A bluebird once flew up onto a treehouse and sang. It was absolutely marvelous. No people were around to hear the bird’s song. Perhaps that made the song even sweeter. But not like cake and cookies sweet; like fresh strawberries sweet – the good and refreshing kind. Yes, that kind of sweet is the right kind of sweet. It was wonderfully sweet and quite marvelous, indeed. The world is grateful for your lovely song, dearest bluebird, whom no person saw no heard on that lovely day of song atop the treehouse.
Physics is one of the most intriguing areas of the sciences to me. One aspect of it that I really love is what I call “inner physics”. Inner physics to me is the physics that happens internally, often without our notice, but still produces results outside of ourselves.
Hand-Eye coordination is part of what I call inner physics. At first, we have to work hard when catching and throwing a ball or frisbee – we think and calculate consciously. After a while, though, it becomes a natural, almost thoughtless process. It becomes easy and innerly calculated, without the intentional help of our consciousness. If someone tossed me a ball right now, and I caught it, I could not explain the mental process of calculation for how I had caught the ball. “I just caught it,” would be me likely reply. It was like second nature to me.
That in mind, perhaps you can begin to see all the other things I see as inner physics – aka physics calculations we do without being aware of having done them, or having the slightest idea of how to write out the mathematics used for them. Things like managing to walk a straight line or keep from falling over; carrying something without spilling it; giving high fives, scratching a spot in our own head without blinking the hand into the head; hopping; jumping off of something; properly aligning q-tips to clean our ears; not poking ourselves in the face with our toothbrushes; not spilling water when we bring the glass to our mouths for a drink… those sorts of things. I find them all fascinating. Most of them involved such complex physics, that I don’t even know how to write out the equations for the various situations. And yet our brains are accomplishing these tasks by doing these mathematical equations almost automatically.
The one piece of inner physics that never ceases to amaze me, though, is how on earth we manage to sit down on a toilet seat, especially at night. We can not see it, we are not touching it, and yet we somehow land gracefully in just the right spot as we sort of fall backward and downward. Some people struggle to catch a ball that is visible in front of them, yet most everyone can turn ’round and squat perfectly down to a toilet seat. We are mathematical magicians with that stunt, I swear.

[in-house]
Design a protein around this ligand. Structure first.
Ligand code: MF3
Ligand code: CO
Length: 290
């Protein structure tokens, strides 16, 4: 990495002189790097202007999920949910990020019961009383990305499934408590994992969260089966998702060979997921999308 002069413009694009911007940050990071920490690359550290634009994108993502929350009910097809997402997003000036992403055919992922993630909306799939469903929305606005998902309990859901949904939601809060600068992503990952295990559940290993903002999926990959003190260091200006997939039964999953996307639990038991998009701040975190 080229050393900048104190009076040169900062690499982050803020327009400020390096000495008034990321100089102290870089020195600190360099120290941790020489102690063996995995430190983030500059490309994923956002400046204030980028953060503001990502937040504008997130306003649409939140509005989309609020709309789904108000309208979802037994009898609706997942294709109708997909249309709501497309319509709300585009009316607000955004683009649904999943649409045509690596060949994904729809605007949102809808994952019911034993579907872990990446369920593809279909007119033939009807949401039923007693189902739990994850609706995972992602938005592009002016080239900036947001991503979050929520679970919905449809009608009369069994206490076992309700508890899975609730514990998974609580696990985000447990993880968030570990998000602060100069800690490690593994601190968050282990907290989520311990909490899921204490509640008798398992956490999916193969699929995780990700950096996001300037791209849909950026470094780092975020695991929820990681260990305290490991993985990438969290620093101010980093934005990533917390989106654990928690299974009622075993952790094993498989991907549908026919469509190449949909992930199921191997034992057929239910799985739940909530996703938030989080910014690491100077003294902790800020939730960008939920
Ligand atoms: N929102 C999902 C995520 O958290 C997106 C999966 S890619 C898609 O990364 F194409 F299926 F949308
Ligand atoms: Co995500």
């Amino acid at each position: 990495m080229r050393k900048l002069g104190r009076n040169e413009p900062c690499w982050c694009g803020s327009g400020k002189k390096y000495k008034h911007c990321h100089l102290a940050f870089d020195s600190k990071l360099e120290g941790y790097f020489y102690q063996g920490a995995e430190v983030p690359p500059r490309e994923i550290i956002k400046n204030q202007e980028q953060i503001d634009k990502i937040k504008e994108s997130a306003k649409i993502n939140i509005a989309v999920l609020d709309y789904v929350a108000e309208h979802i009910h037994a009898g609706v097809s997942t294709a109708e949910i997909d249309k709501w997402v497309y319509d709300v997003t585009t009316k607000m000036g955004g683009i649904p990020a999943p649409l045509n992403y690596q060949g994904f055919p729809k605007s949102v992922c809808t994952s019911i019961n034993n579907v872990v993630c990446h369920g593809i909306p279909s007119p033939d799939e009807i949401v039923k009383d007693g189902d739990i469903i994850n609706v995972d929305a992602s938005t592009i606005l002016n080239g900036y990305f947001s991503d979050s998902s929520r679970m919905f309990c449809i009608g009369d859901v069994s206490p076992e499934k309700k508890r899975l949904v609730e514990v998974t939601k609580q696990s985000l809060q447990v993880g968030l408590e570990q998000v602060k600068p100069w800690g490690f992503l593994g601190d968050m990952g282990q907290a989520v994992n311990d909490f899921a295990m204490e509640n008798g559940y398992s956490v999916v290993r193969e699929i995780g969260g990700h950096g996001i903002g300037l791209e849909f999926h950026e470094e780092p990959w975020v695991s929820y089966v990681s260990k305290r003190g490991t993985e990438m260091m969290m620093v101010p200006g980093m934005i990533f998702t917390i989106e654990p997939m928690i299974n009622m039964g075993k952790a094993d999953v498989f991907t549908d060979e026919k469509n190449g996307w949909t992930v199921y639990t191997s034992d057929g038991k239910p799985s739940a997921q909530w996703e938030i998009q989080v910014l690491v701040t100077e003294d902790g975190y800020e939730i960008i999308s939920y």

I love inner physics. I also enjoy when we have a little blip in our inner physics – like hitting our face with the straw or spoon, instead of it going seamlessly between the lips. I always enjoy that one. 🙂
I’ve been reading Catch 22 as my bedtime book lately, and, while I enjoy the book itself for the story it tells, I happen to enjoy this book for another, rather special (to me) reason.
You see, I have been reading this book every night for weeks. And, for some reason, I never know where on Earth I am in the book. Every time I pick it up to read for the night, I flip through the pages, wondering where I ended last night. My bookmark is a small and thin one (foil), and so the page never just pops open for me. And, for whatever reason, I never can say on which page or even around which page I left off. I’m pretty sure I’m out of the double digits. I might be in the 200’s. But I’m really not sure about that. You see? Literally almost no idea. And – perhaps the silliest part – this whole idea comes up every night, where I wonder where on Earth I am in the book, and then why on Earth I still don’t have any idea of where I am in the book.
For some reason, I’m totally okay with it all, though.
For some reason, I really enjoy it.